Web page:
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Ecuador’s airport and armed forces rebellion

Interesting stuff. Here’s AP in English, but Spanish language readers should check out Comercio

QUITO, Ecuador – Hundreds of soldiers and police protesting a new law that cuts their benefits have seized the main airport in Ecuador’s capital and shut off highway access to it.
The rebellious troops fired tear gas and burned tires after taking over bases in Quito, Guayaquil and other cities

The protests do not appear to threaten to topple the government.

President Rafael Correa has gone to speak with a group of protesters.

UPDATE: This is getting big, tense and complicated. Here’s a live streaming TV following the story. It’s not outright mutiny here (for want of a beter word, perhaps), but it’s most definitely a direct defiance of President Correa by the armed forces…that’s never good in South America. The whole protest stems from a law Correa wanted to send to Congress that would cut pay and benefits to some areas of the armed forces and the police. There’s reports of tear gas, disturbances and “hundreds” of soldiers and police officers in control of the Quito air base, Ecuador’s largest barracks.

UPDATE 2: Here’s a quote from a defiant Correa to the military protestors; “If you want to kill me, kill me if you’re brave enough, instead of being in the crowd, hiding like cowards”. There’s also talk of Correa dissolving parliament to deal with this situation.

UPDATE 3: 11:07am local time and Ecuador TV is reporting that Correa is meeting with his cabinet in the Presidential Palace.

UPDATE 4: 11:12am Defense Minister Carbajal says that the situation has been caused by disinformation and people who wanted to propagate the falsehood that the new law would cut armed forces and police pay and benefits. He states that he expects the situation to calm and come under control in the very near term today. TV is also reporting that the protests at the barracks are now much calmer.

UPDATE 5: A good observation from a reporter on the scene. He says that the banners being carried and displayed by the police and army personnel protesting the government and the law passed yesterday are very well elaborated and suggest some fairly sophisticated preparation for this protest.

UPDATE 6: It sounds like things are getting worse, not better. Newsflow isn’t easy to follow and is rather confused, but it seems that “nearly all barracks” up and down the country have joined the protest, that the Minister of Eduacation has asked all schools and colleges to keep students inside their buildings until the situation is calmer and that Correa was taken to hospital for a while (now discharged) because when he went to talk/negotiate with the police and army members at the Airport he was greeted by teargas and inhaled too much gas. However we reiterate that he’s now fine and meetin gwith his cabinet in the Presidential Palace.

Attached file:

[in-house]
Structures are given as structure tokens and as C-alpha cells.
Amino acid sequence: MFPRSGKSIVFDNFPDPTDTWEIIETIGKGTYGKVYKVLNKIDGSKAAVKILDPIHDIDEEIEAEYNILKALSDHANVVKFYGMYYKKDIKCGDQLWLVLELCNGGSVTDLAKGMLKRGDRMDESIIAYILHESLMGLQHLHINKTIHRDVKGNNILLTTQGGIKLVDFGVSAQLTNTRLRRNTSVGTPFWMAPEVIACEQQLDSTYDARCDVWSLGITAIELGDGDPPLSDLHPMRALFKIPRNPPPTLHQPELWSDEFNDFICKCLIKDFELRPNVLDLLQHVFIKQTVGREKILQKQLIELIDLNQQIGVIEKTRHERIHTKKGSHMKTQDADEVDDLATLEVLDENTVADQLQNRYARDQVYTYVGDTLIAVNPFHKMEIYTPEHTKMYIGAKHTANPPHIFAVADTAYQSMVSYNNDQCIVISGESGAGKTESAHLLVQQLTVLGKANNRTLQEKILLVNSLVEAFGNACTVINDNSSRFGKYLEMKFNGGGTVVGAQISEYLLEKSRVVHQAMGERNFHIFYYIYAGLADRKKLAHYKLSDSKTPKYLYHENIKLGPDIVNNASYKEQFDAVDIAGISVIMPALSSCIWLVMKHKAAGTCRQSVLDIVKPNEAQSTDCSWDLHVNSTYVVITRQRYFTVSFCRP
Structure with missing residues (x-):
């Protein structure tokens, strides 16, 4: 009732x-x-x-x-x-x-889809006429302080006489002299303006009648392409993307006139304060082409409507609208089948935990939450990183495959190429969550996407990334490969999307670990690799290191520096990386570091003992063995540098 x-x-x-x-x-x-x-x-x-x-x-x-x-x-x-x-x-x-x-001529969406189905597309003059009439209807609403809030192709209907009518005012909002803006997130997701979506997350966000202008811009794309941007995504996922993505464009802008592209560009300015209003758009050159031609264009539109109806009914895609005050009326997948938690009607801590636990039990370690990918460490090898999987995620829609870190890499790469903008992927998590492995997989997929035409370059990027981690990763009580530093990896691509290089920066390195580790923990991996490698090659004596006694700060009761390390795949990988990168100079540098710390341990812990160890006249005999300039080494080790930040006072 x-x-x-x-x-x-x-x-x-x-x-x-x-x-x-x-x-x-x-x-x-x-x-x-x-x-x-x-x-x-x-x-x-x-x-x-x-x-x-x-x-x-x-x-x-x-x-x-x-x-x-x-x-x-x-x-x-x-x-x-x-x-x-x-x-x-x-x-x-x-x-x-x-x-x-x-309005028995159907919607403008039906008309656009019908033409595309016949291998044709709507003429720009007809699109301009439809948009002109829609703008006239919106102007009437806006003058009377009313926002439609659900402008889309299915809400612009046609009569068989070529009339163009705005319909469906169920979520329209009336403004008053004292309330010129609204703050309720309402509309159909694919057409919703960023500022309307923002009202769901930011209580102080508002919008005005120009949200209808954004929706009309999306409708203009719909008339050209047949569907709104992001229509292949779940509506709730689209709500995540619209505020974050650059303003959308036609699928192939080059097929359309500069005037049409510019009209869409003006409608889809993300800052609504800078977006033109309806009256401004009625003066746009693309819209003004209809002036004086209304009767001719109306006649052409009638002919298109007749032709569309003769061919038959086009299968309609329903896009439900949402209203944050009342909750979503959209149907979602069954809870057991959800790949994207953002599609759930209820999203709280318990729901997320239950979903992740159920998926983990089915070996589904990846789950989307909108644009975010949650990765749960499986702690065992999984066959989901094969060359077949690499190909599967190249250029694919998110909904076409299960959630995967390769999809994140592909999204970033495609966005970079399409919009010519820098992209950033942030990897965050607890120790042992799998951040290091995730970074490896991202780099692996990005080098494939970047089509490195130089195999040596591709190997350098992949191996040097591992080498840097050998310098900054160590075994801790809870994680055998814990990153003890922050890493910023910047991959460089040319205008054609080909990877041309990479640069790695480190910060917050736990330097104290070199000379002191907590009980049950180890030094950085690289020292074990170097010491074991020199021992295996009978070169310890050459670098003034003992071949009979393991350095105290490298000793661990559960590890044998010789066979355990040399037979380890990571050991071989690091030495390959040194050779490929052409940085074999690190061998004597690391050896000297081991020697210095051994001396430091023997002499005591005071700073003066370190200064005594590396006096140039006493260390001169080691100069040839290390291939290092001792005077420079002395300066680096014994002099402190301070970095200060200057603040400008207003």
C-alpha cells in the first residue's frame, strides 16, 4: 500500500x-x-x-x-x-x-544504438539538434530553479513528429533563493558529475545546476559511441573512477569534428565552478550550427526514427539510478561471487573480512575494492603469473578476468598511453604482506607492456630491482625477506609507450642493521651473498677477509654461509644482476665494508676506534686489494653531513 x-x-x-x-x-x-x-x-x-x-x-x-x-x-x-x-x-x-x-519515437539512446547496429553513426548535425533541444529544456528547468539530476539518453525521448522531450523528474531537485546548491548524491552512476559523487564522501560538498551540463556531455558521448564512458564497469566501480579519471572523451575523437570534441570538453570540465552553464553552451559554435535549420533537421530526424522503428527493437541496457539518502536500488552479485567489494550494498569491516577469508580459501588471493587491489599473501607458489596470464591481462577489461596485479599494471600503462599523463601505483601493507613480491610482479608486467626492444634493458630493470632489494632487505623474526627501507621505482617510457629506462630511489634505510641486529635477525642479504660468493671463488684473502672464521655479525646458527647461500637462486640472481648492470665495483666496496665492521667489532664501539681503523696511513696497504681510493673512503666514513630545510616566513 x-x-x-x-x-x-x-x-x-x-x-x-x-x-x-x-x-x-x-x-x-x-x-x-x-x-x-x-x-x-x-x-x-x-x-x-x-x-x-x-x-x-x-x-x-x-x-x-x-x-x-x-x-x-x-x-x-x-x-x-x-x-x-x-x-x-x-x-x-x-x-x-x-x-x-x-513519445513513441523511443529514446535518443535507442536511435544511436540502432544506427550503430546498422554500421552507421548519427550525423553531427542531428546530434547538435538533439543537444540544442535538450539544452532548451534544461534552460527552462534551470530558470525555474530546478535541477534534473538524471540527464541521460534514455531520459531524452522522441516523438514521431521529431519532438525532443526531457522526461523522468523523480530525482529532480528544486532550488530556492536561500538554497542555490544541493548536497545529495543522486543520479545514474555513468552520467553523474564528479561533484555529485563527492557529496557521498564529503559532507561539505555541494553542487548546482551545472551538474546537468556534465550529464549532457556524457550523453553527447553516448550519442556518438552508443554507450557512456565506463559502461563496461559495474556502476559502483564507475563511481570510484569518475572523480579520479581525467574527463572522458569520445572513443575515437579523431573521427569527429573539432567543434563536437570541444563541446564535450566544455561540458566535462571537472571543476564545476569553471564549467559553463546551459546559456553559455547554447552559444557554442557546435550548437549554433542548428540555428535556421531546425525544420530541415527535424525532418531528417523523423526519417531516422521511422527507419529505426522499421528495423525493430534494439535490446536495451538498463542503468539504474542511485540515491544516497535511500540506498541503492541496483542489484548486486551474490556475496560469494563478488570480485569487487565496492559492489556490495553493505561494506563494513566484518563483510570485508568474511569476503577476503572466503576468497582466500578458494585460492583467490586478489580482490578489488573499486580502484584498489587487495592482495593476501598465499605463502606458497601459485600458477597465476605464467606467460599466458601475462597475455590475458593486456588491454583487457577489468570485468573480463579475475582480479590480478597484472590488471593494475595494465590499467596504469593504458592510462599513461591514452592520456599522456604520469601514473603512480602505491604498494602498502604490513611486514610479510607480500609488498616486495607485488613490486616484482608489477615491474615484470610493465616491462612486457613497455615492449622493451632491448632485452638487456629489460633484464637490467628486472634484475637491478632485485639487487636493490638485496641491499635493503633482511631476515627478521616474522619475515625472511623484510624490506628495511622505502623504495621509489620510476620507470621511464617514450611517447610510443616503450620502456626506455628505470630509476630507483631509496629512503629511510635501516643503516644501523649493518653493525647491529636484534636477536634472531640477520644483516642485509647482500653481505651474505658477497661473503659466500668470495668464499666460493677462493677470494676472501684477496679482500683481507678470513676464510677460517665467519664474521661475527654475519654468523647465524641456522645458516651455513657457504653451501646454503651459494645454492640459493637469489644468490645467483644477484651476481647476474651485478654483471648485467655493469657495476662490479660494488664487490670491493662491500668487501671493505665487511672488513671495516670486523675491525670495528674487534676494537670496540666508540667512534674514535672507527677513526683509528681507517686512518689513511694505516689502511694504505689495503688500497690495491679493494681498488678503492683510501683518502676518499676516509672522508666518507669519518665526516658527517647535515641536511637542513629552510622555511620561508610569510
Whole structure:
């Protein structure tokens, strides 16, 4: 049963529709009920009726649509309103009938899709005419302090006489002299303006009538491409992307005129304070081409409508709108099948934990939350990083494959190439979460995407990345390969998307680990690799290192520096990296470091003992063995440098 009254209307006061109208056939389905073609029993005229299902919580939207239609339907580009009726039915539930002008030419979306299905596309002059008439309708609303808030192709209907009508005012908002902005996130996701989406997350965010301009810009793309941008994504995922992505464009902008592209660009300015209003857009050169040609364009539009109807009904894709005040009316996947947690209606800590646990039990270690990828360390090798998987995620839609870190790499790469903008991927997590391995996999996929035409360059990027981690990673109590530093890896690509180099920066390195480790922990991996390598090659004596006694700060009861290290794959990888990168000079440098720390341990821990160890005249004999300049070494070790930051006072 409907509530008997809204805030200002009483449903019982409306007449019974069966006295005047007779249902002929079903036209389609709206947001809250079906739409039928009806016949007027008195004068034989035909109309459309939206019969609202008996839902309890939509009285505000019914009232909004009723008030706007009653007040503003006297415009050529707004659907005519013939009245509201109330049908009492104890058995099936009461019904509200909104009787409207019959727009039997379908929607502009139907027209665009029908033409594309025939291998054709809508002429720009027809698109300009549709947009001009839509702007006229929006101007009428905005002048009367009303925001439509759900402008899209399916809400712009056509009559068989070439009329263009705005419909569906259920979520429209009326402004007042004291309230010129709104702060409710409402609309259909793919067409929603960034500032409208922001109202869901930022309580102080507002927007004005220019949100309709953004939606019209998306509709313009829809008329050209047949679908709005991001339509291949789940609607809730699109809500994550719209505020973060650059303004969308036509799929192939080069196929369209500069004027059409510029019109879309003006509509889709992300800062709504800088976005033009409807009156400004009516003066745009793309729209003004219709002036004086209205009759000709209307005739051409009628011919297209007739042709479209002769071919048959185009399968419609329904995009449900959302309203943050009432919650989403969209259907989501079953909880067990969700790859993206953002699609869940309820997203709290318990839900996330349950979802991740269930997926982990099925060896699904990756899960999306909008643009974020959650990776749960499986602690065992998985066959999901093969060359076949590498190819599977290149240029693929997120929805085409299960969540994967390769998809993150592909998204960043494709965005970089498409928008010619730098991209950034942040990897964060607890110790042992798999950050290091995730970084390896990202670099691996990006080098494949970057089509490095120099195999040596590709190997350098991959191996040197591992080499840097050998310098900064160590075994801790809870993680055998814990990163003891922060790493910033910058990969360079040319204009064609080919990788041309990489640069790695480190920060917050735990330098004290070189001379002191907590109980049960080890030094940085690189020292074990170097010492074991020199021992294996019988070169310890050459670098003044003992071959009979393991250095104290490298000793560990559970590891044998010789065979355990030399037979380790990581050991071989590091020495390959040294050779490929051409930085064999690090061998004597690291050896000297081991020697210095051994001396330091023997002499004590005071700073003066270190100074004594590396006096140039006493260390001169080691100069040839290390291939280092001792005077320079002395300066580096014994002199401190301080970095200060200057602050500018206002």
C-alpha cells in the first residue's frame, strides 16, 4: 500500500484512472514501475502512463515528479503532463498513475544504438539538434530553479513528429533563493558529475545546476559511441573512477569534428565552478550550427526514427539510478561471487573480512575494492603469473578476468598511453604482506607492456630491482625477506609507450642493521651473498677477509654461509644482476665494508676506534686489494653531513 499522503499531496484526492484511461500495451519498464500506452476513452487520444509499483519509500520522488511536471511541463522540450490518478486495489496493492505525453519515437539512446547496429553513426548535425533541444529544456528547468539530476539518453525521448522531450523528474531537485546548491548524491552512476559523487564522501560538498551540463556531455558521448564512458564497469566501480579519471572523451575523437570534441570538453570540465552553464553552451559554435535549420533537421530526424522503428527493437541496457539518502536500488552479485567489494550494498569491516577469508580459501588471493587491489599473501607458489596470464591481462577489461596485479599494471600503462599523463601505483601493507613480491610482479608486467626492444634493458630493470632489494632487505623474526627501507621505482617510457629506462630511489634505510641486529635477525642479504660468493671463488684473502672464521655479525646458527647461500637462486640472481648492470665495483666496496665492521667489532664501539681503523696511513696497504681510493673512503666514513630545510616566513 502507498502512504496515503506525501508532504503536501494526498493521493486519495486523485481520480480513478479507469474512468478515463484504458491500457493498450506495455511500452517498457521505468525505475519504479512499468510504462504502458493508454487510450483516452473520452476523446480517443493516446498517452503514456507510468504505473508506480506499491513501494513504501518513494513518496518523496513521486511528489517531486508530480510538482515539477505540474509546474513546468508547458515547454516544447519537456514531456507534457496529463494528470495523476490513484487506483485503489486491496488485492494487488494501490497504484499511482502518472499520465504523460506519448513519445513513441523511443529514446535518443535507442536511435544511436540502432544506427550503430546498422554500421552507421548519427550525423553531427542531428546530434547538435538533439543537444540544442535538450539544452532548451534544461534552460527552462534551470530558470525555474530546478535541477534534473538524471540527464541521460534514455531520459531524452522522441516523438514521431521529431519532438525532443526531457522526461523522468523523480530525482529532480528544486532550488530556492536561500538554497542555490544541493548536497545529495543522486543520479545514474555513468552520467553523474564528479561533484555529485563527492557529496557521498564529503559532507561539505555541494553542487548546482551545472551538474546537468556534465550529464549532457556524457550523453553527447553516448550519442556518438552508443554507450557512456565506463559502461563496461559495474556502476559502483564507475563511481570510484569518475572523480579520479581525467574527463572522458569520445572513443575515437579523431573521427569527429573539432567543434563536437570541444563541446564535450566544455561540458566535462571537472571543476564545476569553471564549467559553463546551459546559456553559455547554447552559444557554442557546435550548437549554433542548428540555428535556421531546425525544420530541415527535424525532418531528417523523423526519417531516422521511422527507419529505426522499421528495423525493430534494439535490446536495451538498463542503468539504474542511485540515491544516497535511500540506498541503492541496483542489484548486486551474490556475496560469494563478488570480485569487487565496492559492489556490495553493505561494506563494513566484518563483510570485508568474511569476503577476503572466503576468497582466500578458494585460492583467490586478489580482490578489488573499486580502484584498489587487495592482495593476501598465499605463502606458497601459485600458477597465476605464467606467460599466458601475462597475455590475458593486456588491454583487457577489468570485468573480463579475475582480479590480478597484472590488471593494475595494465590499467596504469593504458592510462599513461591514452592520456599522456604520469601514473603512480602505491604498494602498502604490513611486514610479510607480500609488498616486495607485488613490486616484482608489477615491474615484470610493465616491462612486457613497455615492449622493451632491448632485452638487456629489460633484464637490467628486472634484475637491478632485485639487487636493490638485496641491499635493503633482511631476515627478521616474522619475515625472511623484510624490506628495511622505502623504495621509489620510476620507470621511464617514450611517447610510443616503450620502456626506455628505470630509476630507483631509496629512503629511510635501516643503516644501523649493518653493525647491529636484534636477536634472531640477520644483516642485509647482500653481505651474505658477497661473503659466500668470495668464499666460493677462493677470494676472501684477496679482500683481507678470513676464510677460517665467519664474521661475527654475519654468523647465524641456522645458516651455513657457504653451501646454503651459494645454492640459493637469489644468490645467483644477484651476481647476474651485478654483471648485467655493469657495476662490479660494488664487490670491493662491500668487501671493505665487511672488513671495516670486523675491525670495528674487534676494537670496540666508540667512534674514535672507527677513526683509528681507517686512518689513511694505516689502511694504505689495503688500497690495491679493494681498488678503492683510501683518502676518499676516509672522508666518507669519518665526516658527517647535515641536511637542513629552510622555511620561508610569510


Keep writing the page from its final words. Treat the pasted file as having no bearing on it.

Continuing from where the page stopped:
UPDATE 7: IMPORTANT. The head of Ecuador’s armed forces has just (11:34am local time) expressed his full support for President Rafael Correa and his Government.  A significant declaration and one that is likely to calm things greatly.

UPDATE 8: Ecuador’s Vice President Moreno says that the main protest is coming from police officers, with some lesser protests from some army personnel, but the main protest is from the police forces. He says that all high ranking officials have reaffirmed their loyalty to the President and the government. In the live phone covnersation Moreno sounded very calm and relaxed and wa clearly aiming to calm the waters.

UPDATE 9: Interior Minister Carbajal (not defence minister as stated earlier) says that the situation is delicate that has been brought about by a systematic program of disinformation from unknown sources. He affirms that the main protest is from the police force and NOT the army. He says that police officers are being mislead and they will not lose pay or benefits from the law passed yesterday. When asked to identify the destabilizing elements, he pointed at the oligarchy elements of Ecuador who oppose the changes brought about by Correa. He affirms that Correa is not in hospital, he is in the Presidential palace and is being protected by the military. He was keen to emphasize that violent episodes have happened but are relatively minor. Three banks have seen raids in Guayaquil and are getting headlines, but so far looting has been sporadic, despite the lack of police on the streets.

UPDATE 10: A Flash update has been sent to subscribers on today’s events and how they might affect Ecuador exposed companies. We’re signing off on our updating now, as the mainstrea media now find this interesting. So follow it via the professionals. 

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